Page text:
Wednesday, February 06, 2008

Pg. 99: Christian Fritz's "American Sovereigns"

The current feature at the Page 99 Test: Christian Fritz's American Sovereigns: The People and America's Constitutional Tradition Before the Civil War.

About the book, from the publisher:
American Sovereigns is a path-breaking interpretation of America's political history and constitutionalism that explores how Americans struggled over the idea that the people would rule as the sovereign after the American Revolution. National and state debates about government action, law, and the people's political powers reveal how Americans sought to understand how a collective sovereign-the people-could both play the role as the ruler and yet be ruled by governments of their own choosing.
Among the early praise for American Sovereigns:

"This is a superb and radical book, radical in the sense that it goes to the roots of the American constitutional tradition, pushes aside the crusty generations of constitution worship that have enshrined the federal constitution as a fixed, settled and static resolution of the nation's constitutional tradition and complicates matters enormously."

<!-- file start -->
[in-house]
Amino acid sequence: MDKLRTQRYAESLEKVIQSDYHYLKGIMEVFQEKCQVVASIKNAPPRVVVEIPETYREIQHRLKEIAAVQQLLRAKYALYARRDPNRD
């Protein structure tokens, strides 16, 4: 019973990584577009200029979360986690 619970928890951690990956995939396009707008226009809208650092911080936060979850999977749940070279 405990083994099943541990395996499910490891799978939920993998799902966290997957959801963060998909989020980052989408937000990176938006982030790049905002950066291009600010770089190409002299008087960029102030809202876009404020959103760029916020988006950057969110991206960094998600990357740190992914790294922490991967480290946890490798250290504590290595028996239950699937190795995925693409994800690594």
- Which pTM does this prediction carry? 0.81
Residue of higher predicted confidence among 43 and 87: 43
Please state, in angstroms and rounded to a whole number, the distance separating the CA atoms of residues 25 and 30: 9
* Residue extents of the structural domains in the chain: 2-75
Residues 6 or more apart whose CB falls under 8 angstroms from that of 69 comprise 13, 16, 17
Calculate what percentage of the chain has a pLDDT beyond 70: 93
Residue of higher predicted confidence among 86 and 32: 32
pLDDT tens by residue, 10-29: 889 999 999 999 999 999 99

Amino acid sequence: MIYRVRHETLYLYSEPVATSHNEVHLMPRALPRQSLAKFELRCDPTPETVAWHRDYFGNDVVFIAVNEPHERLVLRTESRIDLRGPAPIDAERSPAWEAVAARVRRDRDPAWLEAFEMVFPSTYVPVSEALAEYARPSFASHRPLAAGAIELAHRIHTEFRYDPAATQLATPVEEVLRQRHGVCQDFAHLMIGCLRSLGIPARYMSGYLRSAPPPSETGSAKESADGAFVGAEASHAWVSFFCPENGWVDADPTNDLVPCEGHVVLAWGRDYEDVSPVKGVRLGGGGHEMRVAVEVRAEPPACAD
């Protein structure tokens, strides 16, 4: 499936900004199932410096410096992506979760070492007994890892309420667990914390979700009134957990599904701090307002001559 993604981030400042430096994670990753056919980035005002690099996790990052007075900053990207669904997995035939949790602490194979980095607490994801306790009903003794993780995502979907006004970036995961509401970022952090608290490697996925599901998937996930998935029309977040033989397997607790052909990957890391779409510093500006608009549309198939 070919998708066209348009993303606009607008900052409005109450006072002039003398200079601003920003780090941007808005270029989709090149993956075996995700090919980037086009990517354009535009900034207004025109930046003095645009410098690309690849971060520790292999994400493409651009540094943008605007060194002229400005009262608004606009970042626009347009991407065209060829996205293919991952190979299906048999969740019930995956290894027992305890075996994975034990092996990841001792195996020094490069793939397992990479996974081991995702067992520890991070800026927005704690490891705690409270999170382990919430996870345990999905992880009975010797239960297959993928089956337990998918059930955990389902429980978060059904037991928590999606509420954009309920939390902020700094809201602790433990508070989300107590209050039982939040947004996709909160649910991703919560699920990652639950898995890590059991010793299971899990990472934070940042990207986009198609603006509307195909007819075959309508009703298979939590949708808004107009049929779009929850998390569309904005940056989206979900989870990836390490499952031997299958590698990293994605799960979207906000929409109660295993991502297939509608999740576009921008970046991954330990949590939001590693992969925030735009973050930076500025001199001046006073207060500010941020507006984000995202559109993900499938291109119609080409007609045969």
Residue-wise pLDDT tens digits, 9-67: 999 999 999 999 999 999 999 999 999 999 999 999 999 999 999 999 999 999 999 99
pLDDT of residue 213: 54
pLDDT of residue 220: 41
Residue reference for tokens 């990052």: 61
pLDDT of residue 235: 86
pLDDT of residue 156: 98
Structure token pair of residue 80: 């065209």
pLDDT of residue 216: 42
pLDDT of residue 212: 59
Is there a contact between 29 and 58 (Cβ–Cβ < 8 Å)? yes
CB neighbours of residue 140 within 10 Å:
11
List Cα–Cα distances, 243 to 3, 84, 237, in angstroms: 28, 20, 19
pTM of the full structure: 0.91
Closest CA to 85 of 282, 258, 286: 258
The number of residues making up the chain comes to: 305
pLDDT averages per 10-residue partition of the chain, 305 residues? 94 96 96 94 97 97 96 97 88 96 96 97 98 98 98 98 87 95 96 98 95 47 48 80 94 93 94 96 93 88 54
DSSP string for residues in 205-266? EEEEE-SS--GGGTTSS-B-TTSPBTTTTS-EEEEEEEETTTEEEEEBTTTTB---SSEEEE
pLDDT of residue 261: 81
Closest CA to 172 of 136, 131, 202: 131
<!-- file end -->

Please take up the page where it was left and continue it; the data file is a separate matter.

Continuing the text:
--Ronald Formisano, University of Kentucky, Lexington

"Professor Fritz’s American Sovereigns tells a complicated story of constitutional development from the period of the Revolution to the Civil War. It is not a conventional account that takes its beginning from 1787 and a focus on the Federal Constitution; rather it offers an intimate account of change that reckons with the extraordinary role of the people as sovereigns. To be sure, Fritz discusses many questions that usually enter accounts of constitutions, but he gives these questions an unusual twist, and adds a fresh perspective through analysis of state constitutions, federal action with constitutional meanings; popular behavior in extraordinary events such as the Whiskey Rebellion and the Rhode Island crisis. In all of this intricate story, the people as sovereigns, a much contested proposition — as he demonstrates — serves to give his study its coherence. His book is not only a revisionist account; it is a beautifully written piece of history that illuminates a supremely important field."
-- Robert Middlekauff, University of California, Berkeley

Read an excerpt from American Sovereigns and learn more about the book at the Cambridge University Press website.

Visit Christian G. Fritz's faculty webpage at the University of New Mexico.

The Page 99 Test: American Sovereigns.

--Marshal Zeringue